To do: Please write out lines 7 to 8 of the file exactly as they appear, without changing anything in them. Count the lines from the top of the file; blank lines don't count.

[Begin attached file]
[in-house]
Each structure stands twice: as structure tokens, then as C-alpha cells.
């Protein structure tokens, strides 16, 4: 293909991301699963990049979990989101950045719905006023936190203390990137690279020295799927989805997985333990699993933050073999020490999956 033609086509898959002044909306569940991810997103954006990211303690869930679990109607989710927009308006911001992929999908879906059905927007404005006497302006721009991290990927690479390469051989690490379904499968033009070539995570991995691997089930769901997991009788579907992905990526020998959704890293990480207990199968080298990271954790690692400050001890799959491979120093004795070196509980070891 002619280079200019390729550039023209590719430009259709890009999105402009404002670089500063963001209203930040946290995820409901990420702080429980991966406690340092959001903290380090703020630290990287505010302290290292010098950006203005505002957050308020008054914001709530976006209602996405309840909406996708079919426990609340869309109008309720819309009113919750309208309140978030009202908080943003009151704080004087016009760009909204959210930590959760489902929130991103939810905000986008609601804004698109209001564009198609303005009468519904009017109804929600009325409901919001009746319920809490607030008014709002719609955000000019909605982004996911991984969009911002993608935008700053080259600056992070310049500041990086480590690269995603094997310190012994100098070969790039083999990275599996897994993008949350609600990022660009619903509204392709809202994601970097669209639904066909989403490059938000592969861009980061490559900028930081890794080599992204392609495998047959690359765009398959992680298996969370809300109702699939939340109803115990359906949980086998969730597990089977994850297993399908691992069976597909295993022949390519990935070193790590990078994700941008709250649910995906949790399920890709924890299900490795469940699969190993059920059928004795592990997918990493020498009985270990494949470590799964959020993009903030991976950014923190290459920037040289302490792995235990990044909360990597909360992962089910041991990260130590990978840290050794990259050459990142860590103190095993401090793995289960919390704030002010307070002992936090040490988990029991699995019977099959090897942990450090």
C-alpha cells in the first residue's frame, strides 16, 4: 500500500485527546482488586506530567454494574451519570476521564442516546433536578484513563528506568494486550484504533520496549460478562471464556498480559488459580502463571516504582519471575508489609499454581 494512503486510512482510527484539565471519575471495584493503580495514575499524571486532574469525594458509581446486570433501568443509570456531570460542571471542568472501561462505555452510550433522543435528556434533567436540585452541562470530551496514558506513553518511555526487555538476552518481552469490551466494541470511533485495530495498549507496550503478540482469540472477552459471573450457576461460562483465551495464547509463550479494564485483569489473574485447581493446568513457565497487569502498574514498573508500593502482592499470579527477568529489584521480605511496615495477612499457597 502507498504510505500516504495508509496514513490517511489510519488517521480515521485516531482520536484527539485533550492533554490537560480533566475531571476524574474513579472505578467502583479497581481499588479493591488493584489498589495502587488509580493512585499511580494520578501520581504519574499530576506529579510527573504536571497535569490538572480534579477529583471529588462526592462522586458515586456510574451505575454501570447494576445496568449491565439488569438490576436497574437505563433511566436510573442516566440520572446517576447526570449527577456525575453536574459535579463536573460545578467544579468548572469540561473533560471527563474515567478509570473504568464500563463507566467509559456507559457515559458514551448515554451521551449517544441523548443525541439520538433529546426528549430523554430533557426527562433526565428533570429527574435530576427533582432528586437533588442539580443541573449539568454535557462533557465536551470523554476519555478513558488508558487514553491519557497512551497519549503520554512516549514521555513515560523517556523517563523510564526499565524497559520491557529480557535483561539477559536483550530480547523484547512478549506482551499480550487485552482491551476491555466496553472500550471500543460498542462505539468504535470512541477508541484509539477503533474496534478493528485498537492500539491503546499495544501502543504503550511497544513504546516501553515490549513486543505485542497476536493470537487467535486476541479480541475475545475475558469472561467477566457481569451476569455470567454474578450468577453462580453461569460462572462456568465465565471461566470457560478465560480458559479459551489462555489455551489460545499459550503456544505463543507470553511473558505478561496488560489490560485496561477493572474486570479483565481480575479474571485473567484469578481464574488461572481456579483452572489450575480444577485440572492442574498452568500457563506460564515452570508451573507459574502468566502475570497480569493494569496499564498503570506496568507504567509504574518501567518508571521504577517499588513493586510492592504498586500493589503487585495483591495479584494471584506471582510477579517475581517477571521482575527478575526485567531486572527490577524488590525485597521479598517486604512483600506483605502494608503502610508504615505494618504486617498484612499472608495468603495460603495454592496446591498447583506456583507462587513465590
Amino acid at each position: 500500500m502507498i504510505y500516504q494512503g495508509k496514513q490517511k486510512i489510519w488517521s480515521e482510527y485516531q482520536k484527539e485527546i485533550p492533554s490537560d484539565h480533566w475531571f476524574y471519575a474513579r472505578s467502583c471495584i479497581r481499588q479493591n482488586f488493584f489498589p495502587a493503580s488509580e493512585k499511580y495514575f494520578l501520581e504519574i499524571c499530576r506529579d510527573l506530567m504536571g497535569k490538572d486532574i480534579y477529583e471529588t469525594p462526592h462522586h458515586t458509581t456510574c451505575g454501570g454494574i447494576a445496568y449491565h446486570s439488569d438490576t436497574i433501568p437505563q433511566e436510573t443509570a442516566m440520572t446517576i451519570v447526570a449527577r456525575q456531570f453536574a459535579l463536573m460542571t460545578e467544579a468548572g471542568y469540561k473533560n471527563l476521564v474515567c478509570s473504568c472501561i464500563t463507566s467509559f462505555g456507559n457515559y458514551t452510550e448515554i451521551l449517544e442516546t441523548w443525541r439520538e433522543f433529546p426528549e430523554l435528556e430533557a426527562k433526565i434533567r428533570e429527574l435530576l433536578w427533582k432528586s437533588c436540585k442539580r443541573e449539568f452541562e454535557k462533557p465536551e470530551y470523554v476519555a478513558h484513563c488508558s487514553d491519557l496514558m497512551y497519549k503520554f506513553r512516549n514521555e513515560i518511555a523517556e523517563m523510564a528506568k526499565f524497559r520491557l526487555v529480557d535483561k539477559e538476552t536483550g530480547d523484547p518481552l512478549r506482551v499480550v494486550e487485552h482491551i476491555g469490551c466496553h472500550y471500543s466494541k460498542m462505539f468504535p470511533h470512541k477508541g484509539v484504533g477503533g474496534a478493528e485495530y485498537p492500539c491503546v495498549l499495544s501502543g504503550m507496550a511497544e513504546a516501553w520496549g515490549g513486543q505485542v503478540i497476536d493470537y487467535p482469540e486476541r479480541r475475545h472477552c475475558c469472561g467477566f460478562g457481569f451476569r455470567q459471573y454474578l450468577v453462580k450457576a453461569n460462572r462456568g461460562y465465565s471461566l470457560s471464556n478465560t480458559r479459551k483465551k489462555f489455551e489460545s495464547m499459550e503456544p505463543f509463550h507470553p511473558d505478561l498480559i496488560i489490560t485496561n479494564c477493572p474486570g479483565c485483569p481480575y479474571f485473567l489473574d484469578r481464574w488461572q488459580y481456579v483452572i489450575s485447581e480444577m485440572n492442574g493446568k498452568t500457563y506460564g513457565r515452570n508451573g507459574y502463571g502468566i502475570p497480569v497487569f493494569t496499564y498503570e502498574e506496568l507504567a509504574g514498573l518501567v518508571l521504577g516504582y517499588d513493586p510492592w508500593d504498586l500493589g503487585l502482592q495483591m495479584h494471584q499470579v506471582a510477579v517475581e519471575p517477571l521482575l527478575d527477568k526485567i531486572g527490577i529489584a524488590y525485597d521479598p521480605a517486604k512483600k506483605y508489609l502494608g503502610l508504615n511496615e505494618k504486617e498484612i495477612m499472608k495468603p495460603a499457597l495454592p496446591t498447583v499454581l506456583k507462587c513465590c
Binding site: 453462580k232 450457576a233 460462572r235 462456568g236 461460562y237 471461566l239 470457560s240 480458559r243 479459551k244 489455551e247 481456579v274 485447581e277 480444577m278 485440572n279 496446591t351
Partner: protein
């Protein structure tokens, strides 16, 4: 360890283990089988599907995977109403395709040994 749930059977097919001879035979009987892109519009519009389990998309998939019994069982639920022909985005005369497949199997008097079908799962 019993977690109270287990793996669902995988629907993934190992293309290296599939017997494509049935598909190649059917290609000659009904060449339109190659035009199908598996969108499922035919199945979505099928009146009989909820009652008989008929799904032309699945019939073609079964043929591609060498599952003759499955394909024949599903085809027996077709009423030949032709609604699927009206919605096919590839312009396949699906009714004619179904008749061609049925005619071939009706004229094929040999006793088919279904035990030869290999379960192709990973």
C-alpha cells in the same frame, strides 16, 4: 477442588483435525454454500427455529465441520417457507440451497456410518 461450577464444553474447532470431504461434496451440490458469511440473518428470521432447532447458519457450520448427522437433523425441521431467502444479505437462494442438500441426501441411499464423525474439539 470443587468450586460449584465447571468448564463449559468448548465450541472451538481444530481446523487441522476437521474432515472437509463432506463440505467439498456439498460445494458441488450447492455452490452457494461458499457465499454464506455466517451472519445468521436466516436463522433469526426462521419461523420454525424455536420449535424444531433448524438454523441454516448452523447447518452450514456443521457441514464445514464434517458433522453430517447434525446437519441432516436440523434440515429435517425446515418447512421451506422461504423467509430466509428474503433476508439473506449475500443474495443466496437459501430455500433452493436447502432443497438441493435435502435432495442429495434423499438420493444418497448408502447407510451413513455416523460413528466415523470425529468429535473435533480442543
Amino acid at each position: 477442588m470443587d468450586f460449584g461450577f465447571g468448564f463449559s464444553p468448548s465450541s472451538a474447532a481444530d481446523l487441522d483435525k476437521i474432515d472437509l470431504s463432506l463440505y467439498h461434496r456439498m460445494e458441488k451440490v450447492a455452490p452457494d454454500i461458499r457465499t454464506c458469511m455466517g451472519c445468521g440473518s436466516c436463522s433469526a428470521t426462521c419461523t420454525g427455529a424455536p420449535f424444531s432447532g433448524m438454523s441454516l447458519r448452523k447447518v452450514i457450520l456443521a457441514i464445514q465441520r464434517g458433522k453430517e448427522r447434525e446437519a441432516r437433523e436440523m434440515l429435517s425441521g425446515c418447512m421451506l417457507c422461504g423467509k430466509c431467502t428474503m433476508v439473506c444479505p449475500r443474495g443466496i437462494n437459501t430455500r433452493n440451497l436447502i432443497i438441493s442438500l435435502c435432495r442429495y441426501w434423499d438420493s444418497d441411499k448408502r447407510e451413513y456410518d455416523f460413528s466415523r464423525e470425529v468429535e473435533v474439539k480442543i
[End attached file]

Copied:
Partner: protein
């Protein structure tokens, strides 16, 4: 360890283990089988599907995977109403395709040994 749930059977097919001879035979009987892109519009519009389990998309998939019994069982639920022909985005005369497949199997008097079908799962 019993977690109270287990793996669902995988629907993934190992293309290296599939017997494509049935598909190649059917290609000659009904060449339109190659035009199908598996969108499922035919199945979505099928009146009989909820009652008989008929799904032309699945019939073609079964043929591609060498599952003759499955394909024949599903085809027996077709009423030949032709609604699927009206919605096919590839312009396949699906009714004619179904008749061609049925005619071939009706004229094929040999006793088919279904035990030869290999379960192709990973």